Rheumatoid arthritis (RA) is an autoimmune synovitis that affects 0.5% of the world population, yet the key autoantigen targets remain unknown. Production of autoantibodies, such as the anti-citrullinated protein antibodies (ACPAs), is a hallmark of RA. However, which antigens the critical ACPAs and other RA- associated autoantibodies target remains largely unknown. Also unknown is how these ACPAs develop, how similar the ACPA repertoires are between different individuals with RA, and whether and how they contribute to the pathogenesis of RA. So far, the research field has lacked the means to comprehensively characterize the autoantibodies associated with a given disease and to then rationally winnow them to those that are important-that is, those that either drive the disease or serve as identifiers of the key antigens that trigger the pathogenic T-cell response. We have now developed "antibody repertoire capture" technology, a high- throughput method that allows us to do just that. Harnessing the power of next-generation sequencing, we have developed a novel method for barcoding all the cDNAs generated from individual antibody-expressing cells, thereby enabling high-throughput analysis of the paired heavy- and light-chain immunoglobulin genes expressed by single B cells, plasmablasts, or plasma cells. We hypothesize that we can elucidate the pathogenic autoantibody responses associated with RA by defining the antibody repertoire of plasmablasts and antigen-sorted memory B cells in the blood, and of plasmablasts and plasma cells in the synovium, of individuals with RA. We will then bioinformatically analyze the antibody sequences we obtain to generate evolutionary trees of the antibody repertoires and thereby identify and clone the affinity-matured antibodies that are likely the key autoantibodies. We will identify the antigens targeted by these recombinant, affinity-matured autoantibodies, investigate how their specific sequences develop, dissect their binding and immunostimulatory properties, and assess their pathogenicity. Success of this proposal would shed light on the development of the autoantibody response and identify the key autoantigens targeted in RA, findings that could lead to the development of new diagnostics and therapies for RA.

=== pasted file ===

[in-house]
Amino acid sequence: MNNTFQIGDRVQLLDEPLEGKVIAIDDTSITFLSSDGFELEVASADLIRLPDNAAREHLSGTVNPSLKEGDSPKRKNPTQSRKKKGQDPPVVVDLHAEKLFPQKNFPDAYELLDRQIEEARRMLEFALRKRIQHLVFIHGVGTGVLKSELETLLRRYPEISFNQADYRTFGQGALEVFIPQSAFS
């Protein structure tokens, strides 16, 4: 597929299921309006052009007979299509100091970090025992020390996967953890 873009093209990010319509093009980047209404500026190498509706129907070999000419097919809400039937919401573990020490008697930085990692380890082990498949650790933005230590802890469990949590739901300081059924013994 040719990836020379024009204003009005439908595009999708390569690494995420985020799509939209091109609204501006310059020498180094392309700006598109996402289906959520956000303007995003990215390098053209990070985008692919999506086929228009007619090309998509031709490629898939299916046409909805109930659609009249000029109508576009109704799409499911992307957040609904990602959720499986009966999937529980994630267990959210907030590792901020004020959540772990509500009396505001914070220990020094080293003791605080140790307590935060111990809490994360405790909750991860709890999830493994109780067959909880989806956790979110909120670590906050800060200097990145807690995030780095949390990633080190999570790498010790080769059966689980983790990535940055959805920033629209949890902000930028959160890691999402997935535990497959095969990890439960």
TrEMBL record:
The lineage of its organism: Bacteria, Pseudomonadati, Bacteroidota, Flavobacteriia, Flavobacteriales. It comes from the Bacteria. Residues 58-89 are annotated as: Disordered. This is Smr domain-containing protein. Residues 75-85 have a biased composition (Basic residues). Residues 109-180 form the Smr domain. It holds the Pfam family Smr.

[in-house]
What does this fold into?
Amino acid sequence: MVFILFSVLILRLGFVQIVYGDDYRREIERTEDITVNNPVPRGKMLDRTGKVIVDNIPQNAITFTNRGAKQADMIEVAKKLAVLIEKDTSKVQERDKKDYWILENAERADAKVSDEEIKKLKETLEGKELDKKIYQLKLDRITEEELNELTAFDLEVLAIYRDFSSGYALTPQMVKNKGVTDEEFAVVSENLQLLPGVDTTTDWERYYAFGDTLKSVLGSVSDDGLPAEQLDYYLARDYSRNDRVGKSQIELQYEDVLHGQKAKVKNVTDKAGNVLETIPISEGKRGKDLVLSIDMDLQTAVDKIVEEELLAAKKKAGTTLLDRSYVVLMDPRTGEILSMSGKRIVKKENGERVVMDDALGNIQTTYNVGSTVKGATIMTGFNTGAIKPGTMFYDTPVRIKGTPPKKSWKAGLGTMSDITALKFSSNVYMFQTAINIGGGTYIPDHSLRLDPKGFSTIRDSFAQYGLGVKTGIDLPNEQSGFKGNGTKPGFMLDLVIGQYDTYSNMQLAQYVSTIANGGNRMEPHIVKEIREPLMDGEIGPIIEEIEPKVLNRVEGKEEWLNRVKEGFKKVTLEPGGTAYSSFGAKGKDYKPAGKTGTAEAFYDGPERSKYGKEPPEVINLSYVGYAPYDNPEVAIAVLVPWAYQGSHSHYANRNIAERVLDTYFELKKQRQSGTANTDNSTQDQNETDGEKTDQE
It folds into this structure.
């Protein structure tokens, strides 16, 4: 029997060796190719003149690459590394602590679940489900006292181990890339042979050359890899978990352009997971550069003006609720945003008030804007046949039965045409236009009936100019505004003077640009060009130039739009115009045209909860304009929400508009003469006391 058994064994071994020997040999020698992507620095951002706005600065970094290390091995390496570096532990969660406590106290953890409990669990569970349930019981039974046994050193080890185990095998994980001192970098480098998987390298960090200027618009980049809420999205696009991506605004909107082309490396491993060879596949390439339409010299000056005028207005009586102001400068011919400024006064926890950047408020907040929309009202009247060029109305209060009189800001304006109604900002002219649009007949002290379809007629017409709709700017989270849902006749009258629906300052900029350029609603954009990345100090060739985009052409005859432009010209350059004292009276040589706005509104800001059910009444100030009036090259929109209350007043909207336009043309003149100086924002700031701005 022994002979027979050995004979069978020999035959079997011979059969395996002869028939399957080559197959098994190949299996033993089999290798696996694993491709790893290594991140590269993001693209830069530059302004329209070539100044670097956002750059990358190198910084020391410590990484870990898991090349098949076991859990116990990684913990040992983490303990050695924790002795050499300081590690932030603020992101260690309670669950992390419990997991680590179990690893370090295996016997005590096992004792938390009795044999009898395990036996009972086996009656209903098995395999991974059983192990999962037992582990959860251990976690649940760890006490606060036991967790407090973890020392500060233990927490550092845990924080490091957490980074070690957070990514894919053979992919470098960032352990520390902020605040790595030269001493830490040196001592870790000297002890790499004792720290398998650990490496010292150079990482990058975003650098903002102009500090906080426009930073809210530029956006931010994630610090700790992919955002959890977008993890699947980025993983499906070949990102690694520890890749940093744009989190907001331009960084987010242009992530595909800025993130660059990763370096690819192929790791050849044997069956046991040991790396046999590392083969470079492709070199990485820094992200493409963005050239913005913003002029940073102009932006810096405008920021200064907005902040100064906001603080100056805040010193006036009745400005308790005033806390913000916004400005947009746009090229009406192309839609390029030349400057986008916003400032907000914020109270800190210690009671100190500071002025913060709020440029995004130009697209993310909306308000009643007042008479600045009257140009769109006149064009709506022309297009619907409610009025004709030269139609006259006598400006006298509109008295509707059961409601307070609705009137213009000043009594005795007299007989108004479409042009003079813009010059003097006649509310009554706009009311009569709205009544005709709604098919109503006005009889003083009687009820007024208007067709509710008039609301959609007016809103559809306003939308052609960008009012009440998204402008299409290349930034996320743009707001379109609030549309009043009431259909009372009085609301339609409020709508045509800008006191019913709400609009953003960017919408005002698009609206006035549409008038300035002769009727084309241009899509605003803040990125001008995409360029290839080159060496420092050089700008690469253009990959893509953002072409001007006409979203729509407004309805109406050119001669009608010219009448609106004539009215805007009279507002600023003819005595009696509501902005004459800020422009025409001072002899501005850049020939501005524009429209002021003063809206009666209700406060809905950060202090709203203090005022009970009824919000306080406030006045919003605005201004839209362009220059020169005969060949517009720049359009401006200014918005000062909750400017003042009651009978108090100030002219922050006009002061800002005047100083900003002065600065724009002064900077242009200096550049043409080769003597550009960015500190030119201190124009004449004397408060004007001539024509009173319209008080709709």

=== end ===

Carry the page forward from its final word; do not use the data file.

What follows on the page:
Rheumatoid arthritis (RA) affects 0.5%, of the U.S. population. The autoantigen targets are unknown for RA and many other autoimmune diseases. Success of the proposed studies would provide insights into pathogenesis of, and could lead to development of new diagnostic and therapeutic approaches for, RA and other autoimmune diseases.
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